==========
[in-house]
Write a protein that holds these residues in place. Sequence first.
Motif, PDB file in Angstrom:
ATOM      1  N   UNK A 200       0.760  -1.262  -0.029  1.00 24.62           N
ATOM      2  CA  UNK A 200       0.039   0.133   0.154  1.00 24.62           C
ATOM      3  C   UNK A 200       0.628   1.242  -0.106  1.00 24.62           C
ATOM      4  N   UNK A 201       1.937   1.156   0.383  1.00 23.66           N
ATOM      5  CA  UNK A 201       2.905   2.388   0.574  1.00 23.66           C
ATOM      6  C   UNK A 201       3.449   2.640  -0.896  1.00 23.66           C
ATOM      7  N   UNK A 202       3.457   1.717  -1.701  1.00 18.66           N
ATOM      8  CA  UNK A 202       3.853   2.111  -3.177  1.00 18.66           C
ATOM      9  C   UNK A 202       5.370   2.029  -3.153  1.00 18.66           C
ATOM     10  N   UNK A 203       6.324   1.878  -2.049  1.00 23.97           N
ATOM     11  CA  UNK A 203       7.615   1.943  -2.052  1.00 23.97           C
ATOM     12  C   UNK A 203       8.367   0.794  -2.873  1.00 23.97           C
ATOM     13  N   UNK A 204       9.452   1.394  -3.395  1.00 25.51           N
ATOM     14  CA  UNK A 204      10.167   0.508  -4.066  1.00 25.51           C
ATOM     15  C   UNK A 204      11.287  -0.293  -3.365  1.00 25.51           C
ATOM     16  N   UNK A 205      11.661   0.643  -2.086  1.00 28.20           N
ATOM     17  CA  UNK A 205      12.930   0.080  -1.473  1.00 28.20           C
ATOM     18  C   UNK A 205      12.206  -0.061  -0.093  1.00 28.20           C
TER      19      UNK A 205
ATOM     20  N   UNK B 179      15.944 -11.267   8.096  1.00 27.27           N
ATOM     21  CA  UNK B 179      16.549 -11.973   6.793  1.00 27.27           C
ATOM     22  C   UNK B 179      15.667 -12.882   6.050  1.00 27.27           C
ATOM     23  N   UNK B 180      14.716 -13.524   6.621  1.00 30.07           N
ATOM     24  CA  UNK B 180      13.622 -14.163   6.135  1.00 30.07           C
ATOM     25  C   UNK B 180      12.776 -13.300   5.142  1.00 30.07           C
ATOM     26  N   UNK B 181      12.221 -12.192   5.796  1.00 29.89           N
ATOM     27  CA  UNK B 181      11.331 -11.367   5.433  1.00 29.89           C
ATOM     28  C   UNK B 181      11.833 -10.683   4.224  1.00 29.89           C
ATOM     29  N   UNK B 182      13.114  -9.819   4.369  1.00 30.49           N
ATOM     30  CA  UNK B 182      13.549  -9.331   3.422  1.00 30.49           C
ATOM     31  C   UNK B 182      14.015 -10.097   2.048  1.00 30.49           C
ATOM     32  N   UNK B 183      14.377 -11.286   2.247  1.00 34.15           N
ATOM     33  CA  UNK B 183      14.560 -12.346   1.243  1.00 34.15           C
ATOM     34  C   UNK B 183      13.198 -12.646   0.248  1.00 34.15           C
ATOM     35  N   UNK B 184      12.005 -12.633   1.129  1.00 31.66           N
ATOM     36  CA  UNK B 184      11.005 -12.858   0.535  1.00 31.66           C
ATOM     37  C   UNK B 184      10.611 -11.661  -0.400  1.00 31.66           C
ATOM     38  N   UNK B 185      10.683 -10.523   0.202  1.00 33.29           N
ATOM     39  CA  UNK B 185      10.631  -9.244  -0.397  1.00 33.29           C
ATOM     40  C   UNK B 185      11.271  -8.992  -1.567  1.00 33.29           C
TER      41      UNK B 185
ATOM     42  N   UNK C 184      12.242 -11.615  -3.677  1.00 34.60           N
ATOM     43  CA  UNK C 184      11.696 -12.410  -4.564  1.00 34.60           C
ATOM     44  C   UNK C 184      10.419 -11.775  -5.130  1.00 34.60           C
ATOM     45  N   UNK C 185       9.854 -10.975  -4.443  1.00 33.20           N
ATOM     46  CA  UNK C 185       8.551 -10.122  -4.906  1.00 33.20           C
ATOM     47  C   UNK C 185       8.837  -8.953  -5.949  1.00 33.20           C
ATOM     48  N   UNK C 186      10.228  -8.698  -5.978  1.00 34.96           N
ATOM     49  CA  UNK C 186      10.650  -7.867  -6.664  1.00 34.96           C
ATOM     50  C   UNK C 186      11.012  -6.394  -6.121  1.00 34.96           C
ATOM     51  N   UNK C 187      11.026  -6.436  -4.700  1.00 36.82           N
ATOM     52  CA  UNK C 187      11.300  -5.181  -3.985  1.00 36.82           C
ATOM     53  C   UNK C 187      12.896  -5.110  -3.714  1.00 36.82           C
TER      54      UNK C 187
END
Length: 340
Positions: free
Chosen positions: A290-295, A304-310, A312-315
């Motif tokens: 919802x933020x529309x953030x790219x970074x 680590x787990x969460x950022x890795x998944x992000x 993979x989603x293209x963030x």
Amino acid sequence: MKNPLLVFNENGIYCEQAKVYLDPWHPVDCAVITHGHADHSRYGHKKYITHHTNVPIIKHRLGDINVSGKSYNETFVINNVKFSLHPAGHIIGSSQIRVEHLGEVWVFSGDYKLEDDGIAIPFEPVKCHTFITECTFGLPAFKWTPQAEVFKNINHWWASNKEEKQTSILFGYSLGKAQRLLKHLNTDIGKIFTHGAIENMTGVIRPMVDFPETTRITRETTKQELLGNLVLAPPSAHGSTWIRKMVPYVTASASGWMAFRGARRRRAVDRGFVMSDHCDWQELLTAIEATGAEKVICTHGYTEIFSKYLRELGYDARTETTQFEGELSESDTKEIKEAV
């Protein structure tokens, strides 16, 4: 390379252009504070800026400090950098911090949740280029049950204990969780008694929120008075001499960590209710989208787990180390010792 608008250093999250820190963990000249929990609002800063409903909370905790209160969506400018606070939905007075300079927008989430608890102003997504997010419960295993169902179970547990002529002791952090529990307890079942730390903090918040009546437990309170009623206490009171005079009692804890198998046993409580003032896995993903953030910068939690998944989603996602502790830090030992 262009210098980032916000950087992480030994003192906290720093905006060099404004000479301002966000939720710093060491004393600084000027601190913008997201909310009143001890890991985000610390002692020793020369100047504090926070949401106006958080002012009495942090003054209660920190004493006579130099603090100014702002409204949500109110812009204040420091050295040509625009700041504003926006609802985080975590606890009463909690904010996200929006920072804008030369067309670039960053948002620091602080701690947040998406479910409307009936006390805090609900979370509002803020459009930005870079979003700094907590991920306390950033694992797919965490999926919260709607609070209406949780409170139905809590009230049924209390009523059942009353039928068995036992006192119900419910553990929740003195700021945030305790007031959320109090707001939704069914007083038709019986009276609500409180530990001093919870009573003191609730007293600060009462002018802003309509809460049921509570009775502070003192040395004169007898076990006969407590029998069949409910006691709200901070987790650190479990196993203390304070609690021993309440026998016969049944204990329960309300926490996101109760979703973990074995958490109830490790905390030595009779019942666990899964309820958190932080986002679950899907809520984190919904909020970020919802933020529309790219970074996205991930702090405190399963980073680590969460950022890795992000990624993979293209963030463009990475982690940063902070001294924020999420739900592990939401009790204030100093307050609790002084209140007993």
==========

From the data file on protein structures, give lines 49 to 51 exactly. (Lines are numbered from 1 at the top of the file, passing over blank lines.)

ATOM     46  CA  UNK C 185       8.551 -10.122  -4.906  1.00 33.20           C
ATOM     47  C   UNK C 185       8.837  -8.953  -5.949  1.00 33.20           C
ATOM     48  N   UNK C 186      10.228  -8.698  -5.978  1.00 34.96           N